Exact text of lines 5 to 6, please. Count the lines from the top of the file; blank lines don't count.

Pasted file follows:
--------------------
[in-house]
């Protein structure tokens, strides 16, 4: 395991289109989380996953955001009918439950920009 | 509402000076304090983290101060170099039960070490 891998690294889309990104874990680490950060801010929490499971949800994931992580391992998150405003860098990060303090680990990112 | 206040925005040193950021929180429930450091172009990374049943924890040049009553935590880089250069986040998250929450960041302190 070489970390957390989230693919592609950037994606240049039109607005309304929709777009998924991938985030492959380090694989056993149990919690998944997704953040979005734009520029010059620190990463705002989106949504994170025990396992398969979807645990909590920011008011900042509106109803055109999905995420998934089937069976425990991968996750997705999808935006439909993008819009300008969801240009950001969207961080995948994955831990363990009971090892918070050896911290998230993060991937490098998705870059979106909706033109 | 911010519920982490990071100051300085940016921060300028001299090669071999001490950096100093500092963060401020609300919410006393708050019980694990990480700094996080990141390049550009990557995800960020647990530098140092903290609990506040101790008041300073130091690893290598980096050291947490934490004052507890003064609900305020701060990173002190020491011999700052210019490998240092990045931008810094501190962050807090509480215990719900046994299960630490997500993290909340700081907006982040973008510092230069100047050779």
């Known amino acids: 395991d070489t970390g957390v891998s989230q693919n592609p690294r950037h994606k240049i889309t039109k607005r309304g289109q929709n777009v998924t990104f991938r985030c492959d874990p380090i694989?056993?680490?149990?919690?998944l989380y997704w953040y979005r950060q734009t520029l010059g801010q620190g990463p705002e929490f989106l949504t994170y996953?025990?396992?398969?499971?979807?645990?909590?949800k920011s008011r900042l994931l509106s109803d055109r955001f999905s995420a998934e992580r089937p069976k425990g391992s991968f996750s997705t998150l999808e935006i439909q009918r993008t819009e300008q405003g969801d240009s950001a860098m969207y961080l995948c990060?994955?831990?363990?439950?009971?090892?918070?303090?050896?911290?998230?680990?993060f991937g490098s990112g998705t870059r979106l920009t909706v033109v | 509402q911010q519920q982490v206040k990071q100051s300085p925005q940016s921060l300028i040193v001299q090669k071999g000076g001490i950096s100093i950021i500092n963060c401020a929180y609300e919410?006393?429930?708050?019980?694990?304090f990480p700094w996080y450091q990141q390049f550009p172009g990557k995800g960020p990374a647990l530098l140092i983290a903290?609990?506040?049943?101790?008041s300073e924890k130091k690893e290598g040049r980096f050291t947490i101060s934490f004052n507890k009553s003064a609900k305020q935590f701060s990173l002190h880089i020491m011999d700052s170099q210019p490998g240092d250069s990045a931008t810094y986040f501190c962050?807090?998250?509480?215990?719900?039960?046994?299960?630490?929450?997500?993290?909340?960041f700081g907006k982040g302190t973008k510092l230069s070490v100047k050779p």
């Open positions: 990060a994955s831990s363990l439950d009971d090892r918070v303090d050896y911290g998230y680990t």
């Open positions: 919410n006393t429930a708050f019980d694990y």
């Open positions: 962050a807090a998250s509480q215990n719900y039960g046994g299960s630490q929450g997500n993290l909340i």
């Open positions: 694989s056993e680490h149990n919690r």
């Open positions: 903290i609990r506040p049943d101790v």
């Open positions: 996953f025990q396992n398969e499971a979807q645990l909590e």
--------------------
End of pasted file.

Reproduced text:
């Open positions: 919410n006393t429930a708050f019980d694990y």
């Open positions: 962050a807090a998250s509480q215990n719900y039960g046994g299960s630490q929450g997500n993290l909340i």